10-Day projects to turn around the way you feel

When we talk of the pandemic and the emotions we associate with it, words like anxiety, uncertainty, stress come forth from most people. The fact is that in the past year and a half there has been an unprecedented rise in people reporting behaviour that points to a mental health crisis.

Not all of us think we are overwhelmed enough to warrant a trip to the therapist. We think we have coped with harder things so why should this be any different. However, even after all these months, after the lockdowns and changed social behaviour and the shattered hope that once we have the magic wand of vaccines everything would be just as before, we still have uncertainty.

Still at home, stepping out tentatively, learning to manage routines that keep us safe, it’s time to relearn how to recharge. There’s a sense of weariness, of does-this even-matter, to sameness, so much so that many of us crave an energy boost.

Over the past few months, I have repeatedly tried to kickstart a fitness routine having fallen off the bandwagon sometime last year. I enjoy long walks, occasional runs, yoga, aerobics, meditation and now suddenly I had no energy to do any of these. The walks are now limited to a small area, which I guess feel restrictive. With the limited stepping-out activities of the household, I now have all the time in the day to exercise but can’t seem to stick to a routine.

Recently, I was reading an article by Cami Ostman, a family therapist, on ways to recharge and to break out of a slump with a nod to the different situation we are in today. She talks about creating personal challenges  with a firm time frame. She created a 10 day challenge to run everyday for 10 miles. The idea is to do something that you love, to push yourself out of your comfort zone and get a sense of accomplishment. And all this in a very doable time frame that doesn’t stretch into weeks or months of an unforseeable future. And it offers a feeling of being in control of one little part of your life.

So there it was – the way out for me. In the past few weeks I have started multiple 10 day projects. I have revamped the kitchen (ok, just improved the looks) with wallpaper and painting and by cleaning and throwing out clutter. I have reclaimed a little patch of the garden for my seedling experiments. I am journaling and feeling better for dumping my worries on the paper. And I am about to begin on my fitness routine.

I really feel this is a good way to feel satisfied that I am making an effort and there is a result attached to it. Try this simple way to recharge and let me know what you think of it.

This post is part of CauseAChatter, and I am talking about Mental Health.

Also posted for Blogchatter Half Marathon.

PPD, Mid-life crisis, the works

A depressive episode can hit you hard. I didn’t even see it coming and when I was enveloped in that fog-like state, everything seemed hopeless, pointless and the reality a little out of reach. It was being behind a thin veil that I could not cast aside.

I am no expert in doling out advice, talking about medication or therapy for I didn’t really embrace any of these. However, when I felt a little better, I understood that I had to take control of a lot of aspects of my life if I wanted to take care of my mental health.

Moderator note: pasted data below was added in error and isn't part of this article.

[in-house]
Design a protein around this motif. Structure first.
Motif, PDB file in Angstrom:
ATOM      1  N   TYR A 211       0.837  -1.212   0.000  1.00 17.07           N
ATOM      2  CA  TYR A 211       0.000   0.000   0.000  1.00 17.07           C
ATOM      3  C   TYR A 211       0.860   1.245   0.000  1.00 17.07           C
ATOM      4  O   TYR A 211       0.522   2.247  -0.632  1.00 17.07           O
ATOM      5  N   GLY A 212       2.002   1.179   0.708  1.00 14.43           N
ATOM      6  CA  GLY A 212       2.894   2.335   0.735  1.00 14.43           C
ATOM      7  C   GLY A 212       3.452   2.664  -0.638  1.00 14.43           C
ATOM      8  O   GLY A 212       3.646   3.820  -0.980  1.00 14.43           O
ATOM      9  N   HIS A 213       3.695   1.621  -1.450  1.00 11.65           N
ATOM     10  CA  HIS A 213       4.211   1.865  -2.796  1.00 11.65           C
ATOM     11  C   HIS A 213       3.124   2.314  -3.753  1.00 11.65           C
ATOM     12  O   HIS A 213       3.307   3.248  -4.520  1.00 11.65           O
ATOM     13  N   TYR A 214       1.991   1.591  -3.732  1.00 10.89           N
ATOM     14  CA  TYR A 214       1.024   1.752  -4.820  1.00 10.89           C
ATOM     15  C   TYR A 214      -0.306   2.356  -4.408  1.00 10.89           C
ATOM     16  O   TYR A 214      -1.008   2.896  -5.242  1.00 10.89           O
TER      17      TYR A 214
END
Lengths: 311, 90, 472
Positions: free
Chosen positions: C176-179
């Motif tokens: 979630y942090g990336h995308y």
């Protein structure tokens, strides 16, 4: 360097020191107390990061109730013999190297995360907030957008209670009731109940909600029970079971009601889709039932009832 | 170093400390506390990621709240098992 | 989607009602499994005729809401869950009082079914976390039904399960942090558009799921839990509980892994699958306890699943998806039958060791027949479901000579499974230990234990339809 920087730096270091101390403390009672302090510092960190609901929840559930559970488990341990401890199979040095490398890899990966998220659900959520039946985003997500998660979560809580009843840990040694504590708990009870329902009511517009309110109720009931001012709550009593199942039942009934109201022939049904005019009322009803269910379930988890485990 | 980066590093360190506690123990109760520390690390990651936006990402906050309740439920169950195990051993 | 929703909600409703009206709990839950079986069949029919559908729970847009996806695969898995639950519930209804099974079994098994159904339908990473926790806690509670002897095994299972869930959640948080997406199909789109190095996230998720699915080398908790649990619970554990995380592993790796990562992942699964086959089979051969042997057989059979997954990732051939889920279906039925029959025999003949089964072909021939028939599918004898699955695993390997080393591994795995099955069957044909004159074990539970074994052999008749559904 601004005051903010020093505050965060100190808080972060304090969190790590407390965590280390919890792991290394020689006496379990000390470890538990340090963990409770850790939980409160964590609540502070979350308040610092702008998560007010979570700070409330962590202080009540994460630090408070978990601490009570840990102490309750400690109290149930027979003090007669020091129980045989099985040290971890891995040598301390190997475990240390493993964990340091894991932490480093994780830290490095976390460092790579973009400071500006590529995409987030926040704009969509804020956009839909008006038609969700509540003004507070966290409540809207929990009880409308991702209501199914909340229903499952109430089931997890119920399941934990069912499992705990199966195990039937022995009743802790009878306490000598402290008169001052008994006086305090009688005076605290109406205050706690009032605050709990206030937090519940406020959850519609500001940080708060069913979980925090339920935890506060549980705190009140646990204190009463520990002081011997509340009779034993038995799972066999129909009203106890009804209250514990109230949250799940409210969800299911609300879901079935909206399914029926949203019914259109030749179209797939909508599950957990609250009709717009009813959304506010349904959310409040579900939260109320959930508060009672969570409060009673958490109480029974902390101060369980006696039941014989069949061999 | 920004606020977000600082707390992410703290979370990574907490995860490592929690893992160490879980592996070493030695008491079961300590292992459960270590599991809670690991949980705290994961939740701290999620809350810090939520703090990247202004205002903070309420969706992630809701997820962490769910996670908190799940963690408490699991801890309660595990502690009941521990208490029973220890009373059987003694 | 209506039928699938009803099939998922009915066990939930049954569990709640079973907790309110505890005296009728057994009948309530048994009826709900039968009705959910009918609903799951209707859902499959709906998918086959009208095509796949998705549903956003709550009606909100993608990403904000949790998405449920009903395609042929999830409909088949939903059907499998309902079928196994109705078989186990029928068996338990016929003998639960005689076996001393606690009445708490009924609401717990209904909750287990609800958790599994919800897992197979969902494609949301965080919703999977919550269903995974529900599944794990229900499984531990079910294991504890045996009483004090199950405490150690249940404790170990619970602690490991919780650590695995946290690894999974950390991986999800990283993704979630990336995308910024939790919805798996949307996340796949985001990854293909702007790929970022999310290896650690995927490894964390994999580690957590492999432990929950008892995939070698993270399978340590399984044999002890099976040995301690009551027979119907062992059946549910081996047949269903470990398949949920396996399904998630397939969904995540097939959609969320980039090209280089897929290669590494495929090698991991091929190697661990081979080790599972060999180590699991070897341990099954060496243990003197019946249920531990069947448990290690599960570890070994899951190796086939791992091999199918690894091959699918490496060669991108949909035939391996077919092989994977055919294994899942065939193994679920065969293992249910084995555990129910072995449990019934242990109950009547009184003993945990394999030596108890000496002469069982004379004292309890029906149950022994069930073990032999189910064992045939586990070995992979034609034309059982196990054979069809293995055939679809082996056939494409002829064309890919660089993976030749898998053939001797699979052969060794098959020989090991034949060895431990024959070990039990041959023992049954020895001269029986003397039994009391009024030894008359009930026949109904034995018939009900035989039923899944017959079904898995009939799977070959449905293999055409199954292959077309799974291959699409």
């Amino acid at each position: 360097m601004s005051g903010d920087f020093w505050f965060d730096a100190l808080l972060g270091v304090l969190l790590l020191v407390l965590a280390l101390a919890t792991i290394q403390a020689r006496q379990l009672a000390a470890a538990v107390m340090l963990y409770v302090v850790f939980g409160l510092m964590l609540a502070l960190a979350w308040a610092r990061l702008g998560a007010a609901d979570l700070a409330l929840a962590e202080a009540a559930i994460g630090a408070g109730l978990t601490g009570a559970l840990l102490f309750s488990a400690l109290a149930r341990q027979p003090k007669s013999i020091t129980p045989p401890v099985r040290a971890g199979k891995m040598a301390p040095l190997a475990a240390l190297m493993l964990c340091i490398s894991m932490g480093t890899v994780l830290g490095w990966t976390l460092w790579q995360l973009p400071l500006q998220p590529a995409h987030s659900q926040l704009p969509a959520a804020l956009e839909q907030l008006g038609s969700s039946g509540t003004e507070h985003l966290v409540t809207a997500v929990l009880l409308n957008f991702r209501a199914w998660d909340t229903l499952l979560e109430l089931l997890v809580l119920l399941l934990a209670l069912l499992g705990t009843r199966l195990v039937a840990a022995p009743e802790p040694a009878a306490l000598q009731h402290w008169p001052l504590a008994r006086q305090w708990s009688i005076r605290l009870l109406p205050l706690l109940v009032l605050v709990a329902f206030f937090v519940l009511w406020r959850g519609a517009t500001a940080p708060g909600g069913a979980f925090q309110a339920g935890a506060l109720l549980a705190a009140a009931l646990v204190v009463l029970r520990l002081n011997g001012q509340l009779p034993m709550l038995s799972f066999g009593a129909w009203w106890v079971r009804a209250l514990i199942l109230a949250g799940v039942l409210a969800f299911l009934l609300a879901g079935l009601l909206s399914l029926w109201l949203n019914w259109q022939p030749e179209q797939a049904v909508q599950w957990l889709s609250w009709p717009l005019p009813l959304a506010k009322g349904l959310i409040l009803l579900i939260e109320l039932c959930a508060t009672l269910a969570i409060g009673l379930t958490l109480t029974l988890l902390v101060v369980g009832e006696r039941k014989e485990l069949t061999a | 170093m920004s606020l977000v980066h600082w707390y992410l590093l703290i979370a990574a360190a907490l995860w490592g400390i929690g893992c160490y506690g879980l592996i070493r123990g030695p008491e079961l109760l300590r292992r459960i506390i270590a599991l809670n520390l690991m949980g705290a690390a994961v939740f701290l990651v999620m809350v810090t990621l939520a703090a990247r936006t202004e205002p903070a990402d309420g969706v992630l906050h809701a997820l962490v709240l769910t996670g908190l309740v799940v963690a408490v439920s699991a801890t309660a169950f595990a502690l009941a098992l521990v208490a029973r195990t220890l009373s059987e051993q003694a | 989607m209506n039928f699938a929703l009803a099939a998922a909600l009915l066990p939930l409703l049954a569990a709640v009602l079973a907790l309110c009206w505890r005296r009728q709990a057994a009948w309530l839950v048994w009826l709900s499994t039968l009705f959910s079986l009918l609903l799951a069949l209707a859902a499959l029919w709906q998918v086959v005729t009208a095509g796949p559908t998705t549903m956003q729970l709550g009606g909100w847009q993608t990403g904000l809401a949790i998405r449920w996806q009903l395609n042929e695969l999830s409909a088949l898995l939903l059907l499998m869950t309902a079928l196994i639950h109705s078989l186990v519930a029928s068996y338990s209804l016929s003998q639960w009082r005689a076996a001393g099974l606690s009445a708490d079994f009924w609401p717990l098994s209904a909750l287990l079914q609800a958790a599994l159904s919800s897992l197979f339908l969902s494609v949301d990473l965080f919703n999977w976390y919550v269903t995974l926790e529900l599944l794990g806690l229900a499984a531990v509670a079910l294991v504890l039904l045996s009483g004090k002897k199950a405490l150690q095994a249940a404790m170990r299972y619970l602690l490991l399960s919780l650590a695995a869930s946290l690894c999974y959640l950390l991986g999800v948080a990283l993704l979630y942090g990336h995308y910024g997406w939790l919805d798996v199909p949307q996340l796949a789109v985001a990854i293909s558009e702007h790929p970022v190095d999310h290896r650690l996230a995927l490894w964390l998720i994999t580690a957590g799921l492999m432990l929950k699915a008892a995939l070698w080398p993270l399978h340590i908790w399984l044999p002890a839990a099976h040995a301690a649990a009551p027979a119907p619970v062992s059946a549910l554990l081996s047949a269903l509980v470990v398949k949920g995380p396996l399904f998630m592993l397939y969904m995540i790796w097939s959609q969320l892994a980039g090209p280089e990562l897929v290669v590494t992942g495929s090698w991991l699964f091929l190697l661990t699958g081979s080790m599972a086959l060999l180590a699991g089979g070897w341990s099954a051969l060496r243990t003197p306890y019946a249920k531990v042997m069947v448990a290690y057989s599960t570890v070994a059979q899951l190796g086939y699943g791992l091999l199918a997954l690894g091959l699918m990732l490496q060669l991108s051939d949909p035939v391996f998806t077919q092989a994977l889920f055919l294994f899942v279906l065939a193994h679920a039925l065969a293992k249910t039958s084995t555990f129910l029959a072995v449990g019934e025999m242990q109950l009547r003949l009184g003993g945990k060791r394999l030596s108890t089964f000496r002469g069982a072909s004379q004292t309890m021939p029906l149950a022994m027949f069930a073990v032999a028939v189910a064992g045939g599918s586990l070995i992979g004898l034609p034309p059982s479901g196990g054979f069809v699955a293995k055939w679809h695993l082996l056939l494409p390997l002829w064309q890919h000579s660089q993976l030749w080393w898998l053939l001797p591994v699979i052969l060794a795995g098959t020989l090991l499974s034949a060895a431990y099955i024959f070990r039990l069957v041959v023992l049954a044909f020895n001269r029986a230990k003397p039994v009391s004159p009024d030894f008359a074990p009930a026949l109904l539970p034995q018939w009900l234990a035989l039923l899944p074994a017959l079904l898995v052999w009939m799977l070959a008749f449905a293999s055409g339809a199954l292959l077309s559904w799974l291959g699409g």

Here’s what I did (again, take this post only as a recounting of my personal experience and to reiterate that it’s possible to get better and take charge of many things)

1. Identifying the triggers – I knew certain things aggravated my mind and disturbed my mental equilibrium. These little things would then blow out of proportion and I would be crippled by a feeling of helplessness and spiralling negative thoughts.

I practiced self awareness to check when and under what circumstances I felt disturbed. That was clue enough to be vigilant.

2. Eating and sleep patterns – My sleep and food patterns would go haywire when I felt unable to cope with many things. Those hidden stresses had an impact on my meal timings and what I ate. I also noticed that I started sleeping more as I felt lethargic.

Keeping an eye on these helped me arrest the downward spiral.

3. Enough sunlight and exercise – Being outdoors works wonders for me. Being out in the natural light had a soothing effect on my dark moods. Even on the days I had no motivation to exercise, I made sure that I went for long walks. I felt calmer after a couple of days of doing this.

4. One positive thought – I would frequently catch myself repeating a thought or a narrative in my head. Telling oneself to not think negative is just not enough. I needed to replace that behaviour of being fearful with being joyful. So I put in one good thought in my head at a time and put that on repeat.

5. Associating places and situations with positive thoughts – Certain situations brought out the worst in me. When my hands were busy but my mind was free, I tended to slip towards negative thought patterns. I identified these places and events and made sure that I replaced those with enough positivity.

I hope these pointers help someone understand that it’s possible to take charge of so many little things that are really the big things in life.

This post is part of Blogchatter’s CauseAChatter and I am talking about mental health in this series.

Community aids healing in mental health issues

Collective understanding has more impact than an individual’s understanding. This is so true in case of mental health.

Let us look at it in two ways.

Collective subconscious is often deep-rooted into our own value systems and behaviours. If there is an overwhelming belief that talking about mental health is wrong, taboo or just not worthy of the time and effort then that percolates into an individual’s behaviour. Result, in this case, of an indifference to how crucial it is to take care of oneself and one’s mental health.

The other aspect of community is that mental health issues are often recognised for what they are by people outside their own inner circle. The immediate family either cannot see the problem objectively or is not aware of the social behaviour that points to things being not right or balanced.

If is crucial to note that the role of community in supporting and resolving an individual’s mental health issues cannot be underrated.

Community services can play a role in spreading awareness and reducing stigma around mental health issues. Recovery and social inclusion are areas where the support of the community makes all the difference. Treatment and rehabilitation speeds up when the individual feels that he/she is still very much a part of the society, thereby reducing isolation.

This post is part of Blogchatter’s CauseAChatter where I speak of mental health.